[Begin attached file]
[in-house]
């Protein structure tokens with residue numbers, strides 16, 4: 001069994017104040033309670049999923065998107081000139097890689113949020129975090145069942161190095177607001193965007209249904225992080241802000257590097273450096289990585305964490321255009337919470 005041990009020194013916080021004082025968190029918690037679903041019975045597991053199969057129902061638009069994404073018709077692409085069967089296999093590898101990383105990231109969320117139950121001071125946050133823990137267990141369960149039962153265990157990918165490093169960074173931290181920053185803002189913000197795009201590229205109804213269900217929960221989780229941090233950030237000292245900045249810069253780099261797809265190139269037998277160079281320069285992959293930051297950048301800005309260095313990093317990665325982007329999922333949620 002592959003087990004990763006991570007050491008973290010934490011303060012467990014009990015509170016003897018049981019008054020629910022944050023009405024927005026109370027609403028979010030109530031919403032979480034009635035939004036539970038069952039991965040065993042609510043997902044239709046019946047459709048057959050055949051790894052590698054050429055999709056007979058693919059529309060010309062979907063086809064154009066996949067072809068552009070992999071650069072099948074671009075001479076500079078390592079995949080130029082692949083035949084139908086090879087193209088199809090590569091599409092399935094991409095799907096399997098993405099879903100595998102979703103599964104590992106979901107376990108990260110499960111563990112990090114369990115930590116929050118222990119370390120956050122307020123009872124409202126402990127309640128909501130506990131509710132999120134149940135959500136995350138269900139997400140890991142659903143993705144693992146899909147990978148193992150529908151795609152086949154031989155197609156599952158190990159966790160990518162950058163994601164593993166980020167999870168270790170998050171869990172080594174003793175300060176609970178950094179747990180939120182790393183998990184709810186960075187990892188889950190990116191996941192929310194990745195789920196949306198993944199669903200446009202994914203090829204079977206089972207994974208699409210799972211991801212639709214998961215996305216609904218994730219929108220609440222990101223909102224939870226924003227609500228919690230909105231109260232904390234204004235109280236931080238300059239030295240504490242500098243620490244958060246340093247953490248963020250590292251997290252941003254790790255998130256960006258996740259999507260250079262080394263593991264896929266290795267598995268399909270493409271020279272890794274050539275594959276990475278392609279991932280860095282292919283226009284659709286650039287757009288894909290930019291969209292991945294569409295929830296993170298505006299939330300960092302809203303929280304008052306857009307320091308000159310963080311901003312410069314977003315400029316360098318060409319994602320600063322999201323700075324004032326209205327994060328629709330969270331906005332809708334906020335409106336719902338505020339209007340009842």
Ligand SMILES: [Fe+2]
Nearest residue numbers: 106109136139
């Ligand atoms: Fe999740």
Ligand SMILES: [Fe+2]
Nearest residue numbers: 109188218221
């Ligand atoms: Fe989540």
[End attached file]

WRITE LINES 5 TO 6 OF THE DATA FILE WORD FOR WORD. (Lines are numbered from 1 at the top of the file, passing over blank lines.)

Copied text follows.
């Ligand atoms: Fe999740």
Ligand SMILES: [Fe+2]